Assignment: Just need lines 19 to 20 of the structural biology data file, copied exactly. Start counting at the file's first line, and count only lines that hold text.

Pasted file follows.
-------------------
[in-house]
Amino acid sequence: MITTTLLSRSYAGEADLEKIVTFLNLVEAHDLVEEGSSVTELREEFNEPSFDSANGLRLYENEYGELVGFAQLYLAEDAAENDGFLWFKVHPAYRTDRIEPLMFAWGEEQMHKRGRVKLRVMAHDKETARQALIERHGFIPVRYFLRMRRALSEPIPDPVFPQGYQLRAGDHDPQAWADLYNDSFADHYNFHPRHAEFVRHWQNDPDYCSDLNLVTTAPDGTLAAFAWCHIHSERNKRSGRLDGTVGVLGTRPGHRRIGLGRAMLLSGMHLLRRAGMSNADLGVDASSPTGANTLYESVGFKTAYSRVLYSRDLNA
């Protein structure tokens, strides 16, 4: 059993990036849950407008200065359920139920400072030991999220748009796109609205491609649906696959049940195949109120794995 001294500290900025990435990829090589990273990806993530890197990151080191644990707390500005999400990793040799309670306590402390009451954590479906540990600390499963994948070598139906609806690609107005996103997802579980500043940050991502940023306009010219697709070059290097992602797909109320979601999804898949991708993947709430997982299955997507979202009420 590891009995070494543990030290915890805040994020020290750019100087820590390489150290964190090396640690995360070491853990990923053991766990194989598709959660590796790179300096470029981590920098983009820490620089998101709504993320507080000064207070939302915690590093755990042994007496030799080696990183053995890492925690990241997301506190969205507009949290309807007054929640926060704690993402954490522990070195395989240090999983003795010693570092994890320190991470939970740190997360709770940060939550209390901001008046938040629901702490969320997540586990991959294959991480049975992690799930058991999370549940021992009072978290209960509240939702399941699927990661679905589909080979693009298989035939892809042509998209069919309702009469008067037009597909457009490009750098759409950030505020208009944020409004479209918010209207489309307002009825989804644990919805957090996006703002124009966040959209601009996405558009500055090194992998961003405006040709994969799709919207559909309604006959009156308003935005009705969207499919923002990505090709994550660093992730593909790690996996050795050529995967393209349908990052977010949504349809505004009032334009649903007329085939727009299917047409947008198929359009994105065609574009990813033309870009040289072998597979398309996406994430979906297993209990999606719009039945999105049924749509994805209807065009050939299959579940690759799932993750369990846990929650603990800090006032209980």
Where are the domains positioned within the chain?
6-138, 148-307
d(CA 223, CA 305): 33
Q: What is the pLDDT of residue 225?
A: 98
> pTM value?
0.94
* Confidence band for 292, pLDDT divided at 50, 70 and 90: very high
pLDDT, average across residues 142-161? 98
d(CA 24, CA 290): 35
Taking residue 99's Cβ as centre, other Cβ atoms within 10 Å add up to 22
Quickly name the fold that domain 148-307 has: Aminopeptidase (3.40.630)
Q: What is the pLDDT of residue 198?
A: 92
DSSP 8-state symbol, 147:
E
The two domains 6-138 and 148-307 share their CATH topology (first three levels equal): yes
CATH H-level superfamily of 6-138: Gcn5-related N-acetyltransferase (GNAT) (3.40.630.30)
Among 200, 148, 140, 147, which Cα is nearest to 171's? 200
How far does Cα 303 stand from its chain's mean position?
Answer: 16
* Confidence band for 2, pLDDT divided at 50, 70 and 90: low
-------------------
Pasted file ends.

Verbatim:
E
The two domains 6-138 and 148-307 share their CATH topology (first three levels equal): yes